LLDP is a layer two discovery protocol, similar to Cisco’s CDP. The big difference between the two is that LLDP is a standard while CDP is a Cisco proprietary protocol.
Cisco devices support the IEEE 802.1ab version of LLDP. This allows non-Cisco devices to advertise information about themselves to our network devices.
LLDP uses attributes that contain a type, length and value descriptions. These are called TLVs (Type, Length, Value). Devices that support LLDP use TLVs to send and receive information to their directly connected neighbors. Here’s an example of some basic TLVs:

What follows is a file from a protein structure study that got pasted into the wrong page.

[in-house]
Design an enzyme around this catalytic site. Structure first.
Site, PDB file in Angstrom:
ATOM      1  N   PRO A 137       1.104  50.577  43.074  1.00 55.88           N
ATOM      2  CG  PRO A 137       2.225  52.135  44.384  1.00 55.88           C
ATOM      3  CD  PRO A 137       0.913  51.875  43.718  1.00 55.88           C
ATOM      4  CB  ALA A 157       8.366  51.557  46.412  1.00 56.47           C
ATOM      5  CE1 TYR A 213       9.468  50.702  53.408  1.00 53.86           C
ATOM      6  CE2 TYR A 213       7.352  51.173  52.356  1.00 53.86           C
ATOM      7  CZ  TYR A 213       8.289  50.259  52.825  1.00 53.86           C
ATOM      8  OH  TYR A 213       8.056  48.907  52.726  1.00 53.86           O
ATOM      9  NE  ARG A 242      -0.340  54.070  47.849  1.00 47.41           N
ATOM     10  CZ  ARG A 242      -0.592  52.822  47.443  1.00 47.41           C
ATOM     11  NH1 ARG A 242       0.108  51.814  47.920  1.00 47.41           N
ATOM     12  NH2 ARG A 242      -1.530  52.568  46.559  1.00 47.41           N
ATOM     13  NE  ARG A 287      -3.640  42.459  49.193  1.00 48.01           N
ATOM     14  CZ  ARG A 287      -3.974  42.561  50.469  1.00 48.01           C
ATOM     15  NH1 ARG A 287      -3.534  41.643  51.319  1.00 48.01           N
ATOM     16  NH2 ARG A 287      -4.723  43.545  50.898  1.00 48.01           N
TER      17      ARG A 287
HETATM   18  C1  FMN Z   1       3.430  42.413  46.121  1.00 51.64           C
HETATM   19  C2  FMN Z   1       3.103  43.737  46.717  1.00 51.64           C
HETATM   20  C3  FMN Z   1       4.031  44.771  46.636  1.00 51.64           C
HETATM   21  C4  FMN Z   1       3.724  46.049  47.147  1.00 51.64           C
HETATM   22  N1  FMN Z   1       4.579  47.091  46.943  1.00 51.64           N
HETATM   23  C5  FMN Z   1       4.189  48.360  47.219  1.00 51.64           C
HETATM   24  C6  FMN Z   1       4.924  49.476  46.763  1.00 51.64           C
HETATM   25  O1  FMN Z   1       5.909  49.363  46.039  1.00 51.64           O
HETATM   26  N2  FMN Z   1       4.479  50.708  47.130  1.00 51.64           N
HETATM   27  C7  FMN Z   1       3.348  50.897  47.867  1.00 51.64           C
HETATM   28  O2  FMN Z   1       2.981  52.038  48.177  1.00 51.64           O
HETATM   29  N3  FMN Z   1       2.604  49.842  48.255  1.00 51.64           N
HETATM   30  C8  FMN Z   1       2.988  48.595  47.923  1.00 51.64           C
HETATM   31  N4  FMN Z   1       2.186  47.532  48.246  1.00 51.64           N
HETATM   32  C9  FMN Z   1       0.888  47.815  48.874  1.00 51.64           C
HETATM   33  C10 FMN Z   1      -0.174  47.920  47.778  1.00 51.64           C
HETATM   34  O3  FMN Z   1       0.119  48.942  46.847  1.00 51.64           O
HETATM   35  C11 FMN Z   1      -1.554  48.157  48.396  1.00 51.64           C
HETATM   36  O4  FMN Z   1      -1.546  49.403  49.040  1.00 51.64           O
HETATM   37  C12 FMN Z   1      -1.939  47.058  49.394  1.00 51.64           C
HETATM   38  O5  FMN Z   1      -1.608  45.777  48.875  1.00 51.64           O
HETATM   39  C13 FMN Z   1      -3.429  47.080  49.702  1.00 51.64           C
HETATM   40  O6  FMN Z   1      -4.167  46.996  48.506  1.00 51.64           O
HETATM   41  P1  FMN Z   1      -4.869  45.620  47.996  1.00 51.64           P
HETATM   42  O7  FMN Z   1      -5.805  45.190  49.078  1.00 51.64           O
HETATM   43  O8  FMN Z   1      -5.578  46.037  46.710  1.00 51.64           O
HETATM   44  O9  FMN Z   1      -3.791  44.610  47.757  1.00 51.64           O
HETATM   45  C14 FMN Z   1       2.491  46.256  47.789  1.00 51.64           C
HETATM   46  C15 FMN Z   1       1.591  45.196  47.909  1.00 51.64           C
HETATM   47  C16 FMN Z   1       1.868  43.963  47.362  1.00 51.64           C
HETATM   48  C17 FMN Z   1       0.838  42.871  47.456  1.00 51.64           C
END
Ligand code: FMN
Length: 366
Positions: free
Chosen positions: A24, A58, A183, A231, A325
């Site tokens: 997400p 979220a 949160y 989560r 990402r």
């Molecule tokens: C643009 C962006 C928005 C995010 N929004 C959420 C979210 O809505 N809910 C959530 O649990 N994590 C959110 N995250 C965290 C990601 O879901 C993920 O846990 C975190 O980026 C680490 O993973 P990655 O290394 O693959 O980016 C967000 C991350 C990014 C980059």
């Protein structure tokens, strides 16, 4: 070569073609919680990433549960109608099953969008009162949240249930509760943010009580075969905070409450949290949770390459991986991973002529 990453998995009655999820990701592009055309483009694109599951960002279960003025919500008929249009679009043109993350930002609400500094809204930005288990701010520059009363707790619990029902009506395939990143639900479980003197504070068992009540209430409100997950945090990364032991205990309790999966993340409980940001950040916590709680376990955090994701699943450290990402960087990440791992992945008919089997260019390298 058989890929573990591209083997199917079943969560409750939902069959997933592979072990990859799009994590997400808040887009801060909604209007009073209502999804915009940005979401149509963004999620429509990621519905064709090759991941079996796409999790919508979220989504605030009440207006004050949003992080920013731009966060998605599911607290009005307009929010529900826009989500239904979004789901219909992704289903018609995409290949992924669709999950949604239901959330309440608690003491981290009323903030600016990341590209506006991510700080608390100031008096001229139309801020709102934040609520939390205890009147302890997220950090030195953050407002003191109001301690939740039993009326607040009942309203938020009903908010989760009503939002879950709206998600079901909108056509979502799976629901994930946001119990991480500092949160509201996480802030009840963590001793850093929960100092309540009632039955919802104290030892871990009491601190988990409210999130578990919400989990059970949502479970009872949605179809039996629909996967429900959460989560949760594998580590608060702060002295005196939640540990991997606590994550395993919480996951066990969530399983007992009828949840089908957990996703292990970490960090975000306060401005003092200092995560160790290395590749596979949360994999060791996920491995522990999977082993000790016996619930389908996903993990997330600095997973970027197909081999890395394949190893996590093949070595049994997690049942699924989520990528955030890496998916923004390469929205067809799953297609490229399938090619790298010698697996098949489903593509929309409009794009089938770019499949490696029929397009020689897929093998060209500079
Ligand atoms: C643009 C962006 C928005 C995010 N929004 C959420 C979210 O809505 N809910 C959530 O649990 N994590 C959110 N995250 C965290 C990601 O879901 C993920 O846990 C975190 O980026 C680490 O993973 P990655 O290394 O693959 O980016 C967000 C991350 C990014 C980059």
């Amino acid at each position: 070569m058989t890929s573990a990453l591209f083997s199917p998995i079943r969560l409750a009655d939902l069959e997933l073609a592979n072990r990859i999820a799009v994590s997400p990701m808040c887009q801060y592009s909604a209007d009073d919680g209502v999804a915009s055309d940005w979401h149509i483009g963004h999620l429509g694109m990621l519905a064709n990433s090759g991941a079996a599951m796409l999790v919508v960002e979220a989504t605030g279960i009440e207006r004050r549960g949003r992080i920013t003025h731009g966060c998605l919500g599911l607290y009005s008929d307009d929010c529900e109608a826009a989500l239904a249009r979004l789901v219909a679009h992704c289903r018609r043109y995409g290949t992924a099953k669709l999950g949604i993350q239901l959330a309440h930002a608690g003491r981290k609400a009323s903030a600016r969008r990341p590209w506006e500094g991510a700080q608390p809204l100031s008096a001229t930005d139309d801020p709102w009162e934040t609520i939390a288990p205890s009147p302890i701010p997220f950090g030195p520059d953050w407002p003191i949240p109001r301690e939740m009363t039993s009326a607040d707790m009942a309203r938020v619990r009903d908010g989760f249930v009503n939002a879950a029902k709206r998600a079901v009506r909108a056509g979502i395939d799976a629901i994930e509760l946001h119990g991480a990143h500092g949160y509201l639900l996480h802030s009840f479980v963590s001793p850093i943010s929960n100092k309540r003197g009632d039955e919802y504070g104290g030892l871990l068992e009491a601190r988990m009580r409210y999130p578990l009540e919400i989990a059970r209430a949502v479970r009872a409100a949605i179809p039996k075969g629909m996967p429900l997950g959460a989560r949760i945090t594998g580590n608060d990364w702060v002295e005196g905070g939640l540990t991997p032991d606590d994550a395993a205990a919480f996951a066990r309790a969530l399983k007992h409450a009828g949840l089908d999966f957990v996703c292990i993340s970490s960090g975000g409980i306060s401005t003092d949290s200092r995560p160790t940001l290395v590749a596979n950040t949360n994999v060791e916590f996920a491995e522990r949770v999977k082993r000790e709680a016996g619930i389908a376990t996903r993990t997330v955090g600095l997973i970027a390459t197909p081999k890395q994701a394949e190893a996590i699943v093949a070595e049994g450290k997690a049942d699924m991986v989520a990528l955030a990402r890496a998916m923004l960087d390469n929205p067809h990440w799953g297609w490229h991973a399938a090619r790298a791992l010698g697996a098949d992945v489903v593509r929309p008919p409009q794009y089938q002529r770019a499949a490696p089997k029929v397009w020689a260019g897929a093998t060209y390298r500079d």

- Port description TLV
- System name TLV
- System description TLV
- System capabilities TLV
- Management Address TLV
Some network end devices (like IP Phones) can use LLDP for VLAN assignment or PoE (Power over Ethernet) requirements. To accomplish this, an enhancement was made which is called MED (Media Endpoint Discovery). This is typically known as LLDP-MED.
Configuration of LLDP is really simple, depending on your switch and IOS version it might be enabled or disabled by default. Let’s take a look at an example:
I have two Cisco Catalyst 3560 switches, directly connected to each other. LLDP is disabled by default on these switches so let’s enable it:
This enables LLDP globally on all interfaces. After a couple of seconds we can see something: